The old software wasn’t really adequate for what we were looking to do, so we decided to search for something new. It [the previous software] was just an archiving tool, so we could put images up online but it was just there… you couldn’t do any downloading, there was no purchasing process and there was also not a lot of control. Everything was in up there in public and we couldn’t really keep things secure. We have materials that are part of the White House collection that we’ve used in publications, but these are still under copyright protection, so while it was helpful for us as an organisation to have them in the system, to be able to access them, they’re not things we could make visible to the public. The previous archive was lacking that kind of fine control.
"During the inauguration we were working with most of the major news networks in the United States, as well as other big publications"
How has a DAM solution solved these problems?
It’s more user-friendly. Registered users of the Digital Library can now log in and save photos to an album, download images individually and pin materials to save them for viewing later. We have also set up a process for users wanting to purchase images. When a purchase has been made and the payment has gone through we are able to approve it and then they can download the image. None of that was available before. If someone wanted an image from us we had to do everything via email and then send them the file transfer through something like DropBox, which was very labour intensive and cumbersome for employees. It means that something which previously took several days has now been cut down to just a few hours.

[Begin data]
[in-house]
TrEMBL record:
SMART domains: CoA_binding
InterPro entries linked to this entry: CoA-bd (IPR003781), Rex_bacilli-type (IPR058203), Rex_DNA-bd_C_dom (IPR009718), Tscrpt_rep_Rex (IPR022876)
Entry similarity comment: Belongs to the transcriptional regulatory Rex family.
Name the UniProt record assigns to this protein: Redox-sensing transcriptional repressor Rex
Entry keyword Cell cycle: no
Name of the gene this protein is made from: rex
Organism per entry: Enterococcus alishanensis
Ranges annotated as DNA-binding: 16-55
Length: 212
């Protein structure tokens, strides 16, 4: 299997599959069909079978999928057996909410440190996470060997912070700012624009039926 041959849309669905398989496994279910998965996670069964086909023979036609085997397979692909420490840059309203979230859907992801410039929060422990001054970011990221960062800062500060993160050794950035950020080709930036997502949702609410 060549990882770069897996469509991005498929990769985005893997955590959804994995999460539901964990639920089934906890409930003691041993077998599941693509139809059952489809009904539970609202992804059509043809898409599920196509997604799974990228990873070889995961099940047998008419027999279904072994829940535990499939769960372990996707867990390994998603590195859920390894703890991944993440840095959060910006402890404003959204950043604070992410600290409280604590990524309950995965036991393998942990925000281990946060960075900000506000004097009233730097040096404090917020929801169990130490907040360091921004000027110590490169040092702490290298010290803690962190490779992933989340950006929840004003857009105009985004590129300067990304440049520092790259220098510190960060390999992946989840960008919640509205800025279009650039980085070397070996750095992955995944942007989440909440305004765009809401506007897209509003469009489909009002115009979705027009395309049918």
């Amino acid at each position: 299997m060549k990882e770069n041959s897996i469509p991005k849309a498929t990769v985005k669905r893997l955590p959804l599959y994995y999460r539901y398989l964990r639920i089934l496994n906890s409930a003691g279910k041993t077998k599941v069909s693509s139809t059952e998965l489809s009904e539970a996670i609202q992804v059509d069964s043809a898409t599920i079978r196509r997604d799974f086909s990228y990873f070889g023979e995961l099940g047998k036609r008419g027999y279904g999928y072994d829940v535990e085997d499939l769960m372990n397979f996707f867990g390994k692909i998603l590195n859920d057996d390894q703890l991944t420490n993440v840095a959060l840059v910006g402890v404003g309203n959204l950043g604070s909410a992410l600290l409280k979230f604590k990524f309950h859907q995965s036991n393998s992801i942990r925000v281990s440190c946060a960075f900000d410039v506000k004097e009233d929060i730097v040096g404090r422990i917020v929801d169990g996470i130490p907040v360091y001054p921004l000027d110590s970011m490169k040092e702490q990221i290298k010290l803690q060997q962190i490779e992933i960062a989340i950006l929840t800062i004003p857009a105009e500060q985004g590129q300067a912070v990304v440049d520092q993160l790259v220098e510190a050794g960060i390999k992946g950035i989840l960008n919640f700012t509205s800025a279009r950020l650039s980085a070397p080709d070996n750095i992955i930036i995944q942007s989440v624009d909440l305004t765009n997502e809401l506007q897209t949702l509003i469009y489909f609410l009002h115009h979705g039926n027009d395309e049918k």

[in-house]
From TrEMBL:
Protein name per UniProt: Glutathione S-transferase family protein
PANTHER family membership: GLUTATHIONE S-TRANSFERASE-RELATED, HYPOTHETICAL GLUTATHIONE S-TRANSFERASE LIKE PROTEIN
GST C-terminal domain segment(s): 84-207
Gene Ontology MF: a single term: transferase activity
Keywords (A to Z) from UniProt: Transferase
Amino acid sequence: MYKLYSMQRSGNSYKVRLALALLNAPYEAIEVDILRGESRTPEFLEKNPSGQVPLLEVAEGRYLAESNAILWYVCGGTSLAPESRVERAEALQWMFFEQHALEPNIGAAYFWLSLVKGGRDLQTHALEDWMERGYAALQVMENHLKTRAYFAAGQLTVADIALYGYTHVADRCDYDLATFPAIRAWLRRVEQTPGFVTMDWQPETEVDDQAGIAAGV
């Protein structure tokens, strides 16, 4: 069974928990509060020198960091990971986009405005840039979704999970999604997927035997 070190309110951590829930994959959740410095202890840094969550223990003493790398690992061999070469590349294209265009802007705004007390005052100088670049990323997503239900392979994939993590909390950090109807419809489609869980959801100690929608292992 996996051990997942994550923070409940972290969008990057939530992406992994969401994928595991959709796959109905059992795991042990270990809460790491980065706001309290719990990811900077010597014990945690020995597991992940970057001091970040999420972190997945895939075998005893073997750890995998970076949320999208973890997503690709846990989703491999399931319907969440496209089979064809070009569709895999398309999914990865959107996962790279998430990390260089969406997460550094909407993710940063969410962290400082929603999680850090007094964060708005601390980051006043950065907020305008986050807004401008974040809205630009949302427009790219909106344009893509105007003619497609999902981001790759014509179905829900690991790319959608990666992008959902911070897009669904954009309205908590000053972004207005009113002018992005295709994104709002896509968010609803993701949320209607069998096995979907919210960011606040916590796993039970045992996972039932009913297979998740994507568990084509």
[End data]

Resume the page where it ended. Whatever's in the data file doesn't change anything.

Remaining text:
Where does the WHHA source images of the White House and presidents from?
We have a photographer on staff and a media specialist, so sometimes they’ll be included in the press pool for events like state dinners, arrival ceremonies or the tree-lighting ceremony at Christmas every year, but we’re really concentrating on the house itself. We don’t bring in every photo that gets taken of the president because our interest is not in the presidents, our interest is in the house. Sometimes those things will be the same and sometimes they won’t.
Do you often receive requests from organizations who want to use your images?